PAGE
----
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#1 » by Christalker (β1073) » March 13th, 2018, 11:58 am

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Five memorable matches between the clubs.

Chelsea’s Champions League last-16 second-leg clash at Barcelona on Wednesday represents the continuation of a rivalry that has become among European football’s most entertaining.


The tie is finely poised at 1-1 following last month’s first leg at Stamford Bridge.


April 2000, Champions League quarter-final second leg: Barcelona 5-1 Chelsea (After extra-time)
Soccer – UEFA Champions League – Quarter Final Second Leg – Barcelona v Chelsea

Gianluca Vialli’s Chelsea had produced what was then considered one of their finest European performances to secure a deserved 3-1 first-leg victory over a team boasting Luis Figo, Patrick Kluivert, Pep Guardiola and Rivaldo. But Barca’s superior class told at the Nou Camp. Goals from Rivaldo and Luis Figo – who also scored the Catalans’ away goal – brought Barca level on aggregate and, after Tore Andre Flo’s finish put Chelsea back on course to progress, another in the 83rd minute from Dani made the aggregate score 4-4. Rivaldo – then at his peak – missed a penalty in the 85th minute before scoring another in extra-time when Celestine Babayaro was sent off for fouling Figo. A further finish from Kluivert then secured a 6-4 aggregate victory.

February 2005, Champions League last-16 first leg: Barcelona 2-1 Chelsea
Soccer – UEFA Champions League – Round of 16 – First Leg – Barcelona v Chelsea – Nou Camp

Even though AC Milan and Liverpool contested that season’s Champions League final, Barca and Chelsea would go on to win their domestic leagues and were considered Europe’s two best teams when they were drawn together in the last 16. Even if the second leg, won 4-2 by Jose Mourinho’s Chelsea, was the more exciting of the two, the first is remembered for both the Chelsea manager claiming he saw his Barca counterpart Frank Rijkaard enter referee Anders Frisk’s dressing room at half-time and Didier Drogba’s controversial red card for a second-half challenge on goalkeeper Victor Valdes. Juliano Belletti’s own goal had given the visitors the lead before finishes from Maxi Lopez and Samuel Eto’o.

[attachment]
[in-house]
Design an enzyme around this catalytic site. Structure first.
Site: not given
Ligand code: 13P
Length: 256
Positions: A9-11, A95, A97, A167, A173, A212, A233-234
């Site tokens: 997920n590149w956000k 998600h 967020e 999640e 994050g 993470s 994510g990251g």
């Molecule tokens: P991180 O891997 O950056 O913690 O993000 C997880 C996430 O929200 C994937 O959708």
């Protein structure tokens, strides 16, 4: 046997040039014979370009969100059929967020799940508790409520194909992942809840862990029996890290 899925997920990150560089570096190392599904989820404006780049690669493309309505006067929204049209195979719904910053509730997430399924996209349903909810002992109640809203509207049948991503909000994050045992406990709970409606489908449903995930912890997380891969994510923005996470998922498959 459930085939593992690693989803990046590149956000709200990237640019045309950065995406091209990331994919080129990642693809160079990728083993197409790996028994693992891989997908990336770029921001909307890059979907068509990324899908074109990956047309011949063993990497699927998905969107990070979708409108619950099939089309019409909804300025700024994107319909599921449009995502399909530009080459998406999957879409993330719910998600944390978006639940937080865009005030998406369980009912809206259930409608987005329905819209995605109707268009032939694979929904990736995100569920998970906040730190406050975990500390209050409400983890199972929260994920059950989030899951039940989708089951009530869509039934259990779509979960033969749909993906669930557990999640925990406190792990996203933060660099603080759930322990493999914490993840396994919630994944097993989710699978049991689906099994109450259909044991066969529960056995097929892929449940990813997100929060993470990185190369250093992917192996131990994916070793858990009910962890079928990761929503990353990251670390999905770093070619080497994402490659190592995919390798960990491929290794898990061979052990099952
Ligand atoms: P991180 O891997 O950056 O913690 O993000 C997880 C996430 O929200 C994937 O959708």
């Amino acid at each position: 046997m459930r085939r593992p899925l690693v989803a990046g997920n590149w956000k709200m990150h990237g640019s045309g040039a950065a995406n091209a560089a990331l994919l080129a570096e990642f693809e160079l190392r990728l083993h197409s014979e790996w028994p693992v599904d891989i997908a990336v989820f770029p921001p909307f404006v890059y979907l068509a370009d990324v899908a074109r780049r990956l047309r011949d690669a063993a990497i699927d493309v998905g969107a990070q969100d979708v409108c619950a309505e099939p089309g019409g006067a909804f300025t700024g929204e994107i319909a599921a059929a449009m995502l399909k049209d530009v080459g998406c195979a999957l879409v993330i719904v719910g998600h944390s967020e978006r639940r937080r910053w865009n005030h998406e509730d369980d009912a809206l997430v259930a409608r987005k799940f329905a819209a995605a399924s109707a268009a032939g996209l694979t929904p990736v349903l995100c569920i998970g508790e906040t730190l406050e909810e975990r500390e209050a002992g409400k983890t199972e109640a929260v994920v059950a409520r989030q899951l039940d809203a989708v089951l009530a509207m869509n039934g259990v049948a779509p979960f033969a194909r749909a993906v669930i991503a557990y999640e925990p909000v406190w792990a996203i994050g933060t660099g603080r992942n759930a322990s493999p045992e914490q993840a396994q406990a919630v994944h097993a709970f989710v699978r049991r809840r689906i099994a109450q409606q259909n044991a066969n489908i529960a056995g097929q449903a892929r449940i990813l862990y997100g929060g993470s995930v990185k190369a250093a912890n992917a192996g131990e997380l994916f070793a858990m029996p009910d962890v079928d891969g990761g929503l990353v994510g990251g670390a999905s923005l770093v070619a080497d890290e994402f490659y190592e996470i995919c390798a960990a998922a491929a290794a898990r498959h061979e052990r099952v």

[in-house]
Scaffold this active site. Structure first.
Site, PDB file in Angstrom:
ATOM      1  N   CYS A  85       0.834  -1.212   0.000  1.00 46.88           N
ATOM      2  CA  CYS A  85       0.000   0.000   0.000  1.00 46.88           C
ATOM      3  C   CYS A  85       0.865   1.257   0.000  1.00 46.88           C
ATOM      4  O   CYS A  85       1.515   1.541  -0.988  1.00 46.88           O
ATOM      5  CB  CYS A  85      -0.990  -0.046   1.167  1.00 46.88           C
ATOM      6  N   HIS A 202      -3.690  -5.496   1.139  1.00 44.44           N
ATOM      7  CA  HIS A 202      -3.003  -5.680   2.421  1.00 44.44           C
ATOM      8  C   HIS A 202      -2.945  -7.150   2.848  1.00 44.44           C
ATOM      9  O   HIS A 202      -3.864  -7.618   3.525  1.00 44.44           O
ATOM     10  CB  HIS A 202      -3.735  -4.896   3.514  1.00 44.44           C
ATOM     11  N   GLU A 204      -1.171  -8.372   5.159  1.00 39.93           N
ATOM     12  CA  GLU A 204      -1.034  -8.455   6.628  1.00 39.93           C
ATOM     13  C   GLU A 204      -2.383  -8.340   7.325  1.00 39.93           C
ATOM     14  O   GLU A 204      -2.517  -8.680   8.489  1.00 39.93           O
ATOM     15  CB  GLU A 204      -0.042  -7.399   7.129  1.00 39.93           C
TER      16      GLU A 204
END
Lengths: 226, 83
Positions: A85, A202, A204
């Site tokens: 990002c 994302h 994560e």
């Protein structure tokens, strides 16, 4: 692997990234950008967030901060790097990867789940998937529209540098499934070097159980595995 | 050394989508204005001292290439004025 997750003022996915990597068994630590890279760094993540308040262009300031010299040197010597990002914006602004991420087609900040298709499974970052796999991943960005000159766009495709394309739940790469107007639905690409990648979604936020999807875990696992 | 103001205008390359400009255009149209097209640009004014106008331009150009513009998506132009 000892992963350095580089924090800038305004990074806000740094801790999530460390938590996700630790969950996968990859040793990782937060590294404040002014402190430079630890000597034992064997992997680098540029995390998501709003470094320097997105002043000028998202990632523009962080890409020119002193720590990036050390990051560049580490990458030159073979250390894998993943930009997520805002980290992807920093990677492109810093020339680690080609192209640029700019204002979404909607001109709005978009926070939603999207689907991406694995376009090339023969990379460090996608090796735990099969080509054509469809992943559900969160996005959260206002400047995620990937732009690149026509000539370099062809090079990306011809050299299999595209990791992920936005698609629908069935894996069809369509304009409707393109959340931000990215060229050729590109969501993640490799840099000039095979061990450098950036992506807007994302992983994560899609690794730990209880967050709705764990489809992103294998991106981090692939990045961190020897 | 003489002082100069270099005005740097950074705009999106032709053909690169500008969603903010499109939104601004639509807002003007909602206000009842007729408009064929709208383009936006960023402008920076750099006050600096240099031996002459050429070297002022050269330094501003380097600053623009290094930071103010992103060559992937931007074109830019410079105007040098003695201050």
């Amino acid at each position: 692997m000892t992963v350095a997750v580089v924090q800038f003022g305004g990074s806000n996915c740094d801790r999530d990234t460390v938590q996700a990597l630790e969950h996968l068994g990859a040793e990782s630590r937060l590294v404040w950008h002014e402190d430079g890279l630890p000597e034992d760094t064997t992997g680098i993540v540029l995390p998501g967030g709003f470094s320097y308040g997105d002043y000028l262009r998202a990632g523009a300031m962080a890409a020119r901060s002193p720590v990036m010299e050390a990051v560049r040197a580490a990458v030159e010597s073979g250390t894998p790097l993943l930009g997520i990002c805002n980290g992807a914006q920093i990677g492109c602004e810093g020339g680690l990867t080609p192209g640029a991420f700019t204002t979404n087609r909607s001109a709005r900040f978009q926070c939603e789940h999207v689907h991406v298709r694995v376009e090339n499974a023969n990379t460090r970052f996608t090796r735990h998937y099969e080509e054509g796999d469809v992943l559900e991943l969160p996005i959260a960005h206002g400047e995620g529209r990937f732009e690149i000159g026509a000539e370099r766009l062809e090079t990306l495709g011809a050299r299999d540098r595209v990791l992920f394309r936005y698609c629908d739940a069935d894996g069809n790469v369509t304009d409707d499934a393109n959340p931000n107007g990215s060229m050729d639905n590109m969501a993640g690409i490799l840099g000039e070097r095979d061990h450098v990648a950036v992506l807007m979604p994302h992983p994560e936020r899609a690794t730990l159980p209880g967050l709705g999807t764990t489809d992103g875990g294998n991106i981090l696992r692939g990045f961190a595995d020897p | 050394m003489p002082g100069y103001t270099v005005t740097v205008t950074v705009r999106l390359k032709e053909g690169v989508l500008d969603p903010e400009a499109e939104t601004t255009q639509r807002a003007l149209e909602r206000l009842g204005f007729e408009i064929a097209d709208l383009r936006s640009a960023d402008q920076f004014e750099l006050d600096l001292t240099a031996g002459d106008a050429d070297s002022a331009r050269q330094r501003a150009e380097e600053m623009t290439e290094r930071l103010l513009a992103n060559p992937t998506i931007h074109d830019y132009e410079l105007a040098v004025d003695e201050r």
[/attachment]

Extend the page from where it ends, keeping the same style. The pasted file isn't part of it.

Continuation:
March 2006, Champions League last-16 second leg: Barcelona 1-1 Chelsea
Soccer – UEFA Champions League – Round of 16 – Second Leg – Barcelona v Chelsea – Nou Camp

Chelsea were again eliminated at the last-16 stage after a 3-2 aggregate defeat by the team that went on to beat Arsenal in that season’s final and also to retain their domestic title. A match that was short on drama, by the standards of so many of their other encounters, was essentially settled by the finest of strikes from Ronaldinho in the 78th minute. The Brazilian was then at the peak of his powers and memorably, having ridden a challenge from John Terry, struck to eliminate Chelsea, who were flattered by the draw earned by an injury-time penalty from Frank Lampard.

May 2009, Champions League semi-final second leg: Chelsea 1-1 Barcelona
Soccer – UEFA Champions League – Semi Final – Second Leg – Chelsea v Barcelona – Stamford Bridge

The hosts, then under caretaker manager Guus Hiddink, had taken the lead through Michael Essien’s powerful 20-yard strike, having held Guardiola’s Barca 0-0 at the Nou Camp, and had four appeals for penalties ignored. Deep into stoppage time, Andres Iniesta scored gloriously from the edge of the area to send Barca into the final against Manchester United and spark chaotic scenes at Stamford Bridge. Michael Ballack chased referee Tom Ovrebo to appeal when his volley appeared to strike Eto’o’s arm and, at the final whistle, Drogba had a lengthy confrontation with the official and had to be held back, leading to a yellow card.

April 2012, Champions League semi-final second leg: Barcelona 2-2 Chelsea
Soccer – UEFA Champions League – Semi Final – Second Leg – Barcelona v Chelsea – Camp Nou Stadium

Chelsea gained a revenge of sorts, en route to winning their first ever Champions League, three years later. An ageing team appeared to be heading out when they had Terry sent off in between goals from Iniesta and Sergio Busquets. But Ramires gave them the lead on away goals with a masterful chip over Valdes. Lionel Messi then struck the bar from a penalty before, after some desperate defending, Fernando Torres ran clear in injury time to make it 2-2 and secure Chelsea’s place in the final, repaying some of the £50million transfer fee he had yet to justify.
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#2 » by AK Horsfall Premium (β11315) » March 13th, 2018, 4:57 pm

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